Falling oil prices, China's economic slowdown, and a pessimistic outlook for the overall global economy this year sparked another selloff of stocks on global markets.
It was a wild day for traders in U.S. Wednesday, as major indexes fell more than three percent at one point, before recovering significantly by the close.
Experts blame the volatility on plunging oil prices, China's economic slowdown, and a pessimistic outlook for the overall global economy this year. The price of oil dropped below $27 a barrel, which hurt the stock prices of energy companies that are important parts of some stock indexes.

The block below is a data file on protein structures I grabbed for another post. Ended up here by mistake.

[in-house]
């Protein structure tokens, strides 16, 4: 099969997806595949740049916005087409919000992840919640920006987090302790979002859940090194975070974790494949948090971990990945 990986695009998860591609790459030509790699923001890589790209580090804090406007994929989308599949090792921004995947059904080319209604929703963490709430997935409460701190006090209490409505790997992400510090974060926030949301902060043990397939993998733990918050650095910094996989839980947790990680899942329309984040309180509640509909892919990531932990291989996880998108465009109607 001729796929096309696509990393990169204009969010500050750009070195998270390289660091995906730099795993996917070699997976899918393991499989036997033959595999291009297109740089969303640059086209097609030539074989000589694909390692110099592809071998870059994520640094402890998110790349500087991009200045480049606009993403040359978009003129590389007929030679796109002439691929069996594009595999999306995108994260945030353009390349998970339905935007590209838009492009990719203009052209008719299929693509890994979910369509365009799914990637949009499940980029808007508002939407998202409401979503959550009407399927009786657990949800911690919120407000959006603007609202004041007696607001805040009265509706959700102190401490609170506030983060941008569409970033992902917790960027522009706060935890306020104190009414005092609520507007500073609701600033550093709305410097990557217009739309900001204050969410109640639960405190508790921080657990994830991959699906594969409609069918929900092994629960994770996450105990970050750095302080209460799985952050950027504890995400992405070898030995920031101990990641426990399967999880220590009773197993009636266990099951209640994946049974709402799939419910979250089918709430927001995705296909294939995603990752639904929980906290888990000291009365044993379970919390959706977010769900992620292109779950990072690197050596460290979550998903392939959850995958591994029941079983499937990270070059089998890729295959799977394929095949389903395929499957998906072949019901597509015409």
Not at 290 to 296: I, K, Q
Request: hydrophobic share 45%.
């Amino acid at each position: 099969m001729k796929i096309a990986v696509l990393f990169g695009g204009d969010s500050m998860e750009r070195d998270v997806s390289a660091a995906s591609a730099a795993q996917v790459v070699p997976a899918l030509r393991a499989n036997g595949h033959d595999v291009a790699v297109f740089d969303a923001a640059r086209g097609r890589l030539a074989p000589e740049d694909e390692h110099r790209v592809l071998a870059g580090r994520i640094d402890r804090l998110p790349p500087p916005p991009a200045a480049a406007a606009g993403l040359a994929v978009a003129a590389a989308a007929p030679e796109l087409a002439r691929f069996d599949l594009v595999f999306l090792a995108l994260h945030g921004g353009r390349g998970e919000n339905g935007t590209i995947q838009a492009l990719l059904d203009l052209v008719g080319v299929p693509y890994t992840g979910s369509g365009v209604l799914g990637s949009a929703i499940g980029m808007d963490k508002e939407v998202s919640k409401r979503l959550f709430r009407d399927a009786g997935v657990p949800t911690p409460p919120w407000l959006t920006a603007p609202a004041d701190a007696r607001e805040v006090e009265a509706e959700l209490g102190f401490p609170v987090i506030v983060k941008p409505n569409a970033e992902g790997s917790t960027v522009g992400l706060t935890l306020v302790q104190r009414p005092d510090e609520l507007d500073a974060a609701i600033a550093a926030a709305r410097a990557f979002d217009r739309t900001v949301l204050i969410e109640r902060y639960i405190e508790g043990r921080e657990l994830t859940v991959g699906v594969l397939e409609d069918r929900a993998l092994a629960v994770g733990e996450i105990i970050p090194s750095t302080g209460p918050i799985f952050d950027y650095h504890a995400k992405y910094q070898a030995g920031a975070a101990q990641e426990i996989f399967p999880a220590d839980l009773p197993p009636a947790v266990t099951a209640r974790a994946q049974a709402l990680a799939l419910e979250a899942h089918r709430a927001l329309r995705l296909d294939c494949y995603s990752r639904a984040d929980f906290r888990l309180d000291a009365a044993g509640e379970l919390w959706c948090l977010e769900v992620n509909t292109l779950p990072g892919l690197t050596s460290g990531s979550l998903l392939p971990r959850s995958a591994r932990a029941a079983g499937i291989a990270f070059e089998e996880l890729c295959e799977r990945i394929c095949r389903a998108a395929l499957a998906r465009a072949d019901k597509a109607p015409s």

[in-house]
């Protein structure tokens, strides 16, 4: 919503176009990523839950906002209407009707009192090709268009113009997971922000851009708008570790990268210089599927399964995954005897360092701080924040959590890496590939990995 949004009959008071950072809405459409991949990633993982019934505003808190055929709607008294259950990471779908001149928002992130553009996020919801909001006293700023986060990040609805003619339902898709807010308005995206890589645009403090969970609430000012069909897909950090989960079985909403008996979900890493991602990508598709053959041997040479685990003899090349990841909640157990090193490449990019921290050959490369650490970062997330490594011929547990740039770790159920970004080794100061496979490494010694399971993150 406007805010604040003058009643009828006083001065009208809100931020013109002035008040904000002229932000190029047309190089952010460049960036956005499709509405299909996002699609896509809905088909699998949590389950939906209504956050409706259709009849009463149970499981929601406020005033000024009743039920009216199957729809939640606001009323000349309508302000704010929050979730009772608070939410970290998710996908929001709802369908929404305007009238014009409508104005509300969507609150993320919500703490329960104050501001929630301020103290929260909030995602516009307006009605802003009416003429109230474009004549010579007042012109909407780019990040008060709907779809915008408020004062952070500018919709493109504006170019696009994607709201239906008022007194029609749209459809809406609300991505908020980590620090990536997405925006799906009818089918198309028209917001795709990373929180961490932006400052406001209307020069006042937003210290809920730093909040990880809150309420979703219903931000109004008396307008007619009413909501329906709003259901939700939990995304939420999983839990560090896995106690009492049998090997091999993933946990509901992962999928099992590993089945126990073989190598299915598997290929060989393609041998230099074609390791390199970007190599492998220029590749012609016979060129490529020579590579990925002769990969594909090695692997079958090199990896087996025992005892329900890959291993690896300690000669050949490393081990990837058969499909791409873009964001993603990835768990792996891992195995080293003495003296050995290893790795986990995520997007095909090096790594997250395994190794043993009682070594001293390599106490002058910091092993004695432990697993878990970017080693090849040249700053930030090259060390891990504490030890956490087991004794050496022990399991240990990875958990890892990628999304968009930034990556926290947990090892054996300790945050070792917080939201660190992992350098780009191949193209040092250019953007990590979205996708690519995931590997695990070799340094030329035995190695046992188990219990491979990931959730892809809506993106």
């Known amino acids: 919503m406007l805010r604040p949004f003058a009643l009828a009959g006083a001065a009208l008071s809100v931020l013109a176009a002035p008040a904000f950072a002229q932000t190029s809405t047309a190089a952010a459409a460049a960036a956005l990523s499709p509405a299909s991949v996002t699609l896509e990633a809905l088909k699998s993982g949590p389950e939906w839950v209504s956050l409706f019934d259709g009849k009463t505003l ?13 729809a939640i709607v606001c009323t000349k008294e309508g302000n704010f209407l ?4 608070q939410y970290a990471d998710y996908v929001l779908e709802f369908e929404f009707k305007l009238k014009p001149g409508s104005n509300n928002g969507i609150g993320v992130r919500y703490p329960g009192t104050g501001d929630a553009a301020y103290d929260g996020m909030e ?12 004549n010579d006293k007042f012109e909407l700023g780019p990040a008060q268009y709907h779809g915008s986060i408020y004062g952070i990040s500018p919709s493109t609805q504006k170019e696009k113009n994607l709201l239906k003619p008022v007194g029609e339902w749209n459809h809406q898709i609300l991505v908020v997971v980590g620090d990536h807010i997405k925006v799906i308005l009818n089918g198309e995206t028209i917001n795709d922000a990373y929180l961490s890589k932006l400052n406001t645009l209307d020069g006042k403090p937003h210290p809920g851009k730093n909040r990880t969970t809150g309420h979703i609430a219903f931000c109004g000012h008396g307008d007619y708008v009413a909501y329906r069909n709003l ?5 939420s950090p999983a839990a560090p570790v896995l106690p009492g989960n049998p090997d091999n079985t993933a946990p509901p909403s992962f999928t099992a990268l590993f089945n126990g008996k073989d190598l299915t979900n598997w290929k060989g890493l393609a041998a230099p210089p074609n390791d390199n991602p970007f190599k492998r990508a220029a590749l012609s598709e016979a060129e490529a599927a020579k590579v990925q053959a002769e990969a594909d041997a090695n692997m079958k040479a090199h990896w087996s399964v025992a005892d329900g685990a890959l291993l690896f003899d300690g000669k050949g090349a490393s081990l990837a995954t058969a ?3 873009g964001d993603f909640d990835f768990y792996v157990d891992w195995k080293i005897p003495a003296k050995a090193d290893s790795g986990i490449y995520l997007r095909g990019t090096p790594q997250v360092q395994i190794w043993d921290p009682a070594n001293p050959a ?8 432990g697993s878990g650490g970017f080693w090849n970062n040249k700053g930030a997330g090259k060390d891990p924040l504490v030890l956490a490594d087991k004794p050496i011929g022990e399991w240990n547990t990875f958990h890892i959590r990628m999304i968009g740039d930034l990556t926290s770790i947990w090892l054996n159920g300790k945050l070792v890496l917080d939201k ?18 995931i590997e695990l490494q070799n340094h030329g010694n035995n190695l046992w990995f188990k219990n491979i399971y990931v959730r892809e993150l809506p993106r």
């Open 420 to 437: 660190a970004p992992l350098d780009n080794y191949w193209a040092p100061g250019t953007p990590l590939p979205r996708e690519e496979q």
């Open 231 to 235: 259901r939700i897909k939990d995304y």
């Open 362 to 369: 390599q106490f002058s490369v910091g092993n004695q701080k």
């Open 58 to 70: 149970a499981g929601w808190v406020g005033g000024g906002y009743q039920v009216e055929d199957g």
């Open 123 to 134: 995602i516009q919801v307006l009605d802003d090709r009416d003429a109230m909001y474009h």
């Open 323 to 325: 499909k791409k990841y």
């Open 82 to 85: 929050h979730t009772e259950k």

At the end of trading the S&P 500 was off 1.2 percent, while the Dow fell about 1.6 percent.
Earlier, stocks in Germany fell 2.8 percent while key indexes in France and Britain dropped nearly 3.5 percent.
Tokyo's Nikkei index fell nearly 4 percent, Hong Kong's Hang Seng dropped 3.5 percent and South Korea's Kospi lost 2.3 percent. China's Shanghai index fell 1.3 percent Wednesday.
A third worry came when prices for U.S. oil fell below $28 a barrel, the lowest mark in 12 years, after the International Energy Agency issued a report warning that global oil markets could "drown in oversupply" as demand plunges.